Moore's Law: formulated by Gordon Moore of Intel in the early 70's - the processing power of a microchip doubles every 18 months; corollary, computers become faster and the price of a given level of computing power halves every 18 months. (well ! Not true anymore, see later)
Gilder's Law: proposed by George Gilder, prolific author and prophet of the new technology age - the total bandwidth of communication systems triples every twelve months. New developments seem to confirm that bandwidth availability will continue to expand at a rate that supports Gilder's Law.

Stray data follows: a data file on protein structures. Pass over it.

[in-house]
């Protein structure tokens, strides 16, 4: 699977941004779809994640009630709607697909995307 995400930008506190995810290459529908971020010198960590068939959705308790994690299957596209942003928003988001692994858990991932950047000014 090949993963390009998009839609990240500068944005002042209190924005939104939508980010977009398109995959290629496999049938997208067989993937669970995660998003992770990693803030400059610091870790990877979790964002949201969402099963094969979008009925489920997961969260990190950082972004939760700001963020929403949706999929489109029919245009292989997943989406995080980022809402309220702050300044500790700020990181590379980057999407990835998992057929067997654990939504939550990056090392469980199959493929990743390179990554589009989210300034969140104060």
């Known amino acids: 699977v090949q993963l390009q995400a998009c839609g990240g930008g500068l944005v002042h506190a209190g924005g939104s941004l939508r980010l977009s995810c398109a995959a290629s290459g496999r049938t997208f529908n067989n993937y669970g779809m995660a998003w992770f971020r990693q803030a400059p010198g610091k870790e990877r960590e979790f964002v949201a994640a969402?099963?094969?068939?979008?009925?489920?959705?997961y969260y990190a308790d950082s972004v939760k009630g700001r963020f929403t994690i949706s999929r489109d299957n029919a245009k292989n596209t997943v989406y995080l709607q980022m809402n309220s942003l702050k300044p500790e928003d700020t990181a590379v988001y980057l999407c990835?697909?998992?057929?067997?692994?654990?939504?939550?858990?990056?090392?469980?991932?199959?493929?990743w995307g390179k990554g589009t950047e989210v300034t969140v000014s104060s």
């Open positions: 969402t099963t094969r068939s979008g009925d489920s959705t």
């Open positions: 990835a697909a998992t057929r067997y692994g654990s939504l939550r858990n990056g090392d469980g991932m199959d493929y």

Metcalfe's Law: attributed to Robert Metcalfe, originator of Ethernet and founder of 3COM: the value of a network is proportional to the square of the number of nodes; so, as a network grows, the value of being connected to it grows exponentially, while the cost per user remains the same or even reduces.